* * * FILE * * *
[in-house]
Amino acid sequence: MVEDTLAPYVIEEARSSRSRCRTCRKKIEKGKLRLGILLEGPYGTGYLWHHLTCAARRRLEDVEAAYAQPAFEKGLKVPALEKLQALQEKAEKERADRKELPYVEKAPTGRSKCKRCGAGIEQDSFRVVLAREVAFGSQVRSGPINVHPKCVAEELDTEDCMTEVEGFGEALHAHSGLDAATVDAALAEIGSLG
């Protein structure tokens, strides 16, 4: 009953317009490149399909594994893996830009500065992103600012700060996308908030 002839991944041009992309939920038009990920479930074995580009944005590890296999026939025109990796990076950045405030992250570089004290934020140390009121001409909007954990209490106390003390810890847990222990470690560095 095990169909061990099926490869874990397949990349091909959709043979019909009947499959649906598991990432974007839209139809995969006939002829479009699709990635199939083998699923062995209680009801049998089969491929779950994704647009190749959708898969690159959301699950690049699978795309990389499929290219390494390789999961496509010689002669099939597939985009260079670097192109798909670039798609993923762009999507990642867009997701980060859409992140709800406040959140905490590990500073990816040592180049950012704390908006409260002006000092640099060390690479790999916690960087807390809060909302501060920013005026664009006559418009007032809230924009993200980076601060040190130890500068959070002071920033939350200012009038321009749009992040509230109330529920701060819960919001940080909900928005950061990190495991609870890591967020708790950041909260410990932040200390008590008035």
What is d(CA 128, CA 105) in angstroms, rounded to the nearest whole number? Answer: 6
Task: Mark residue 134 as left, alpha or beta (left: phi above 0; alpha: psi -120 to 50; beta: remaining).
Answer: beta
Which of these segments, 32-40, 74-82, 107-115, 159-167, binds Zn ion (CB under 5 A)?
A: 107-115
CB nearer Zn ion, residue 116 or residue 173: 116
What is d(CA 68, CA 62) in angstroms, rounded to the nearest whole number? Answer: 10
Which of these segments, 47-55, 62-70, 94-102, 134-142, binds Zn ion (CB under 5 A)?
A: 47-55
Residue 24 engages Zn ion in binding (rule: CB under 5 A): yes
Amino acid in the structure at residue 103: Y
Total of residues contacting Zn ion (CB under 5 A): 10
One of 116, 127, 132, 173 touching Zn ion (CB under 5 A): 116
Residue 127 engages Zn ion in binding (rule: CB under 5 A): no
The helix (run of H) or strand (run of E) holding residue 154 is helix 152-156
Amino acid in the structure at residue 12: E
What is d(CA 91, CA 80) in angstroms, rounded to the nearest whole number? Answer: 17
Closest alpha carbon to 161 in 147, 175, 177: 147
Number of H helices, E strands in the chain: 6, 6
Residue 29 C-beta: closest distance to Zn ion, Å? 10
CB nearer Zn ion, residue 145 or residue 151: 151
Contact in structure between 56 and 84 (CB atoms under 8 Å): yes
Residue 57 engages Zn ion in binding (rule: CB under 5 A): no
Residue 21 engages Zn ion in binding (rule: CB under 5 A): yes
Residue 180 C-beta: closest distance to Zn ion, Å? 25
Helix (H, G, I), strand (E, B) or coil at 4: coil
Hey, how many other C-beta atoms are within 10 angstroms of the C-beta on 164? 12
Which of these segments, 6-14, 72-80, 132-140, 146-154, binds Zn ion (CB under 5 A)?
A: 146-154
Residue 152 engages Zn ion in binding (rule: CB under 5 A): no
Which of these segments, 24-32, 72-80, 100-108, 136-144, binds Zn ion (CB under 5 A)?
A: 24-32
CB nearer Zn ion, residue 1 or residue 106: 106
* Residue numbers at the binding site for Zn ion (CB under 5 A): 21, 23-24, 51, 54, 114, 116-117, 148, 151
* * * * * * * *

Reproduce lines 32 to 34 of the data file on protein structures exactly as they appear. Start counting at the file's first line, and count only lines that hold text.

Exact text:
A: 146-154
Residue 152 engages Zn ion in binding (rule: CB under 5 A): no
Which of these segments, 24-32, 72-80, 100-108, 136-144, binds Zn ion (CB under 5 A)?